Mark Herschberg

Sheriff

Posts: 6037

posted 14 years ago

As I understand it, Oracle stores floats and doubles as X.Y where X is the number of digits prior to the decimal point and Y is the number of decimal places after it. However, Java uses the IEEE 754 which stores: a sign bit, exponent, and fraction. How do you store these numbers without losing percision?

--Mark

--Mark

Mark Herschberg

Sheriff

Posts: 6037

posted 14 years ago

I found http://www.csis.gvsu.edu/GeneralInfo/Oracle/java.920/a96654/ref.htm#1005984, which states:

How do other organizations deal with this?

--Mark

IEEE 754 Floating Point Compliance

The arithmetic for the Oracle NUMBER type does not comply with the IEEE 754 standard for floating-point arithmetic. Therefore, there can be small disagreements between the results of computations performed by Oracle and the same computations performed by Java.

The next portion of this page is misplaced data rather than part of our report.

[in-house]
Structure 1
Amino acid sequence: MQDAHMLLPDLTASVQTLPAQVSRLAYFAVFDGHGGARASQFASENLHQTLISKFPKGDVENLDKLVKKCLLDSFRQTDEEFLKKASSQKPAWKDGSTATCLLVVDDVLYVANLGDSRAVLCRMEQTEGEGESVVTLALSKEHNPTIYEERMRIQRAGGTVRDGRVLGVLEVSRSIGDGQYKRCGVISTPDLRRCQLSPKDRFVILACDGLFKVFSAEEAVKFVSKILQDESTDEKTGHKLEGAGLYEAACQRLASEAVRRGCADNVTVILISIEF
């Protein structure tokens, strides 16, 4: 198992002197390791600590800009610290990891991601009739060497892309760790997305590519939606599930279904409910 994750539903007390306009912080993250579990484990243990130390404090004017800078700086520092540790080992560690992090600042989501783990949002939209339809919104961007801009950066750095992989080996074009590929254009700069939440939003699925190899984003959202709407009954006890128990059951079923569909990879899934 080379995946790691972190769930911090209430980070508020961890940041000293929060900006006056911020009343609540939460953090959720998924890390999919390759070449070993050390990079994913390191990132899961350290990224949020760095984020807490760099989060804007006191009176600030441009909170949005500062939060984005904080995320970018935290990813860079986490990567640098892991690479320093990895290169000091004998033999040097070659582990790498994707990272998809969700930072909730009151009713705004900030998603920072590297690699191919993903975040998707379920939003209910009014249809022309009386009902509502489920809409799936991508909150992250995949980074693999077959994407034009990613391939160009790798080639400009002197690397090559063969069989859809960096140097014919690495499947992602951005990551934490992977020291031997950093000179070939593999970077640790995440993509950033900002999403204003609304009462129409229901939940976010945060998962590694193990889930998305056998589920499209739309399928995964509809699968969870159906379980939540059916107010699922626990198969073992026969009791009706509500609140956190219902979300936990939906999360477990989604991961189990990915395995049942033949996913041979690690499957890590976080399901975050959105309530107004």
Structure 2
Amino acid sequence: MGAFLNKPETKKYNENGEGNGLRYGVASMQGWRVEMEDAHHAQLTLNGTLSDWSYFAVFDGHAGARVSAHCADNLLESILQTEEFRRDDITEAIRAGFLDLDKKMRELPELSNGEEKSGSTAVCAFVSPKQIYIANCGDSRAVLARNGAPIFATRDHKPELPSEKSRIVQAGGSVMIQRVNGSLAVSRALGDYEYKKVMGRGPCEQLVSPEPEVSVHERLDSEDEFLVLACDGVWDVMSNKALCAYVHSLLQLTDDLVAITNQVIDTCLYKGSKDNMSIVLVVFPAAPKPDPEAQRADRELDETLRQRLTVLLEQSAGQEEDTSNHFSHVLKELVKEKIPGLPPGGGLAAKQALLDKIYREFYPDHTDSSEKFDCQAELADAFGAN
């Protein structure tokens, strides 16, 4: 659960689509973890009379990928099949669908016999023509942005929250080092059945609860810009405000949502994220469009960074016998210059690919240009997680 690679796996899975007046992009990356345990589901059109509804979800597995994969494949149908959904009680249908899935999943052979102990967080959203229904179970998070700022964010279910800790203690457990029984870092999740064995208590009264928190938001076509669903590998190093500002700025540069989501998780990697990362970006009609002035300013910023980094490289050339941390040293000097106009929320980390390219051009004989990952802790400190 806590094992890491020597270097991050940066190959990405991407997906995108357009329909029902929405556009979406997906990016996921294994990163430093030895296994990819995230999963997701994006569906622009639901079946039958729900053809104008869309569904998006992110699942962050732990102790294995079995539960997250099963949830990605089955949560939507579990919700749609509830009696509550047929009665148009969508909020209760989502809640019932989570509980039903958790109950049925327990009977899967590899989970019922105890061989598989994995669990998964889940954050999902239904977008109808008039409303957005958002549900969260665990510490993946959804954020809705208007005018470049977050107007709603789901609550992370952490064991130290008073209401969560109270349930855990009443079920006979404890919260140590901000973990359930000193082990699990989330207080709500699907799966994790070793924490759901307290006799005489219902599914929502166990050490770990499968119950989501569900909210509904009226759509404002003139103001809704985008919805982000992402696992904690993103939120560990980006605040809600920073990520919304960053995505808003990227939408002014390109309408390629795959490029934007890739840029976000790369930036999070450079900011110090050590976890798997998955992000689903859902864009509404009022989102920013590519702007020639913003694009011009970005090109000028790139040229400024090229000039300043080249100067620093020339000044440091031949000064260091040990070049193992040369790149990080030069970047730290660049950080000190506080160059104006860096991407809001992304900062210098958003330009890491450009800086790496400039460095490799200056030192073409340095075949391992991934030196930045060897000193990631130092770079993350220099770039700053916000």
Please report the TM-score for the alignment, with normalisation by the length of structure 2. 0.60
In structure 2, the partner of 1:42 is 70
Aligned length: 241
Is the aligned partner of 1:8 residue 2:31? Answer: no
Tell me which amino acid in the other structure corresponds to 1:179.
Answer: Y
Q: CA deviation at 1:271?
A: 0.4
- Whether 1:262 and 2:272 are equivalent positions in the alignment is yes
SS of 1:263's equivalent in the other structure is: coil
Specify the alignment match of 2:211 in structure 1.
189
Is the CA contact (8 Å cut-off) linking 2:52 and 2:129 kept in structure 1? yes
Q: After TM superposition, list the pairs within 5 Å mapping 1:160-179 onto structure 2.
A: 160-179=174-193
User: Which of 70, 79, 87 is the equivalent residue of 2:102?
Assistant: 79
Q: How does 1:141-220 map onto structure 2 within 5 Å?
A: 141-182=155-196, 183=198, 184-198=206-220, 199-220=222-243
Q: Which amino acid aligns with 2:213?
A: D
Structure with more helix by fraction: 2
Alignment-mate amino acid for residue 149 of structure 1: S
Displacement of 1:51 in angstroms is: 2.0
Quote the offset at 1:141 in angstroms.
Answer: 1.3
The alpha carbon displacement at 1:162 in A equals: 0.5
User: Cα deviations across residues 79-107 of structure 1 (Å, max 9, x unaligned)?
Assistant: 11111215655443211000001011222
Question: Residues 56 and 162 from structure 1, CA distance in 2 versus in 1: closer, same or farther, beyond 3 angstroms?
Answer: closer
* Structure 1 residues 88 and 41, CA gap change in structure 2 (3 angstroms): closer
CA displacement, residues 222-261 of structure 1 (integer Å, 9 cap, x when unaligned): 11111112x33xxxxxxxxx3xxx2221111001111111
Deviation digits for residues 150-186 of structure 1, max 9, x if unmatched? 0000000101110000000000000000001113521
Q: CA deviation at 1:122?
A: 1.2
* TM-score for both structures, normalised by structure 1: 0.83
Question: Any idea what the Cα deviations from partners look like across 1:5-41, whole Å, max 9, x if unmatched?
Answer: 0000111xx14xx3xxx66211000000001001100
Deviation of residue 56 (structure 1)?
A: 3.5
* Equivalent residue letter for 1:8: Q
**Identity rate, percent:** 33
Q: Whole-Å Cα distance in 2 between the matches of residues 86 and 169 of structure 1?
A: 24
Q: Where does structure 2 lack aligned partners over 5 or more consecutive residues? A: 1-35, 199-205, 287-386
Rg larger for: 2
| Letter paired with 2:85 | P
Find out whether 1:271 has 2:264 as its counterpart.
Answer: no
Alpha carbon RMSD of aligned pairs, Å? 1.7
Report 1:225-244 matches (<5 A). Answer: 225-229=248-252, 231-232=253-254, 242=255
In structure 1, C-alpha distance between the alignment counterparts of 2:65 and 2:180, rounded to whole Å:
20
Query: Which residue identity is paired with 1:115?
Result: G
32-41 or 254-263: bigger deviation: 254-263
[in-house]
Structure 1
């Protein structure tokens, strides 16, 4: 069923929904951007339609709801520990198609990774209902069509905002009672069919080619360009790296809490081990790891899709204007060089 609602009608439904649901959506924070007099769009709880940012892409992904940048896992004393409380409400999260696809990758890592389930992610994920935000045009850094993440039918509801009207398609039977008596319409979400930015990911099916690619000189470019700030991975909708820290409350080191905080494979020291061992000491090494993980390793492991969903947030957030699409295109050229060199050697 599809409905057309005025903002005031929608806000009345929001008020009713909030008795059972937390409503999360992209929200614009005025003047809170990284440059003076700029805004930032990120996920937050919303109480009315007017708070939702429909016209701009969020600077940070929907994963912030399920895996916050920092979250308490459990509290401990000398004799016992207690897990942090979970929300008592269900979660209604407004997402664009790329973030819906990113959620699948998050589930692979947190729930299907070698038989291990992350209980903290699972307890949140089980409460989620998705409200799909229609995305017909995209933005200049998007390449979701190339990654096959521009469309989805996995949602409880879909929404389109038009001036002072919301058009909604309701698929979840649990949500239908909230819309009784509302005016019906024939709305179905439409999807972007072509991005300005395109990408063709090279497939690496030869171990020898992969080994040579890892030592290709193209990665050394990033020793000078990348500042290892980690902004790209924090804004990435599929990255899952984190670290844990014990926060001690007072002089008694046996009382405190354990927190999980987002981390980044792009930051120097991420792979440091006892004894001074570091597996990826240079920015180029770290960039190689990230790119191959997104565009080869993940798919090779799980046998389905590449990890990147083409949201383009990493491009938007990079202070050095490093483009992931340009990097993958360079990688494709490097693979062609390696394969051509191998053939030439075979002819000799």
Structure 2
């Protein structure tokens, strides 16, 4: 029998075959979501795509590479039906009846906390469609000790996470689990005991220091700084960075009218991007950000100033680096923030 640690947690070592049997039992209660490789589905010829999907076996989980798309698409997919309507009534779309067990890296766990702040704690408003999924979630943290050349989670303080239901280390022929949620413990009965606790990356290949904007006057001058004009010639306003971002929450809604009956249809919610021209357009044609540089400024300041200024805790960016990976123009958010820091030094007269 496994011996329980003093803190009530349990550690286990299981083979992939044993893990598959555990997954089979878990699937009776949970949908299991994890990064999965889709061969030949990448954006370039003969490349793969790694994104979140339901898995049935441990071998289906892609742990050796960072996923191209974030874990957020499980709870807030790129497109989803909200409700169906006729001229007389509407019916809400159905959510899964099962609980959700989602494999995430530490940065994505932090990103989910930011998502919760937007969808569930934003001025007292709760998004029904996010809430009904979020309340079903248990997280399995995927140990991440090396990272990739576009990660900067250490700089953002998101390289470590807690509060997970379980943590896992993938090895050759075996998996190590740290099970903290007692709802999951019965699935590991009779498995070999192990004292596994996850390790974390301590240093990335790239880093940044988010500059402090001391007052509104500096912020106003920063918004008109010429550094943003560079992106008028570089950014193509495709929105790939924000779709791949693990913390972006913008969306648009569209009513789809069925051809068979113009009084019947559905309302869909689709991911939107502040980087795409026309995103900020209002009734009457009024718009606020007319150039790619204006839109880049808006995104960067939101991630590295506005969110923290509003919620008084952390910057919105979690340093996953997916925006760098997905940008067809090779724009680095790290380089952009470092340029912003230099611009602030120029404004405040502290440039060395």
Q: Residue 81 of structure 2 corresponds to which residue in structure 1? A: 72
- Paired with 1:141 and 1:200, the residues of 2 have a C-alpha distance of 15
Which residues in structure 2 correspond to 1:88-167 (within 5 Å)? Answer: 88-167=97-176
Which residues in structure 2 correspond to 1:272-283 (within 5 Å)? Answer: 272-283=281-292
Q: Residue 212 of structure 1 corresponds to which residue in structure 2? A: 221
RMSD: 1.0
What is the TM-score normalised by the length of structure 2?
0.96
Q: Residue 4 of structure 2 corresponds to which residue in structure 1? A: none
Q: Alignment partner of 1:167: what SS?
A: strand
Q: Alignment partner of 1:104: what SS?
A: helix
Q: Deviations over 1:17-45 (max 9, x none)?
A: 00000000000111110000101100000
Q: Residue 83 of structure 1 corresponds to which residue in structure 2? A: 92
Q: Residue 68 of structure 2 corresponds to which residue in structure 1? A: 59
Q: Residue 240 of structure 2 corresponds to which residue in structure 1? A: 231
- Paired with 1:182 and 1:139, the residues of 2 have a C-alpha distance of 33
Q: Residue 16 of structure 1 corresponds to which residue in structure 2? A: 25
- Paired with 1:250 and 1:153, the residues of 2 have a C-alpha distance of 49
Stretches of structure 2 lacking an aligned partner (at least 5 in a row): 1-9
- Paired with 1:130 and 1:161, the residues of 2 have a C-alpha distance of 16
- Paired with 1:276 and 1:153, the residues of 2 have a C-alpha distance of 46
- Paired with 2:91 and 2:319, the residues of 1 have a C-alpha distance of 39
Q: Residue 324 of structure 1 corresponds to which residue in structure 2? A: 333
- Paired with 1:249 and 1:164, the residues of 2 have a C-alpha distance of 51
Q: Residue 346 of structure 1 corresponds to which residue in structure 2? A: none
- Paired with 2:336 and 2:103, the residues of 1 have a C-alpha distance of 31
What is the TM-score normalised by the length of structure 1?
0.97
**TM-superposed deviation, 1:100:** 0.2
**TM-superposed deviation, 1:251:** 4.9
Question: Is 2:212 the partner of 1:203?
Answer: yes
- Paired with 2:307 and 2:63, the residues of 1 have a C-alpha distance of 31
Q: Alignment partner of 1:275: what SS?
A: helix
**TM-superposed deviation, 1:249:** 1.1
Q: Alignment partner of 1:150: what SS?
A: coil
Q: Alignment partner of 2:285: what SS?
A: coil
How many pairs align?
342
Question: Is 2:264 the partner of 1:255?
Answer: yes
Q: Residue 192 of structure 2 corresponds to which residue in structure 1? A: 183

Oracle stores numbers in a format compatible with decimal arithmetic and guarantees 38 decimal digits of precision. It represents zero, minus infinity, and plus infinity exactly. For each positive number it represents, it represents a negative number of the same absolute value.

It represents every positive number between 10-30 and (1 - 10-38) * 10126 to full 38-digit precision.

How do other organizations deal with this?

--Mark

SJ Adnams

Ranch Hand

Posts: 925

posted 14 years ago

you decide how much precision you need.

here the most precision is with exchange rates number(16,6)

I guess for scientific apps you may need more (especially with frequencies etc)

even so, 38 digits should cover all requirements!

here the most precision is with exchange rates number(16,6)

I guess for scientific apps you may need more (especially with frequencies etc)

even so, 38 digits should cover all requirements!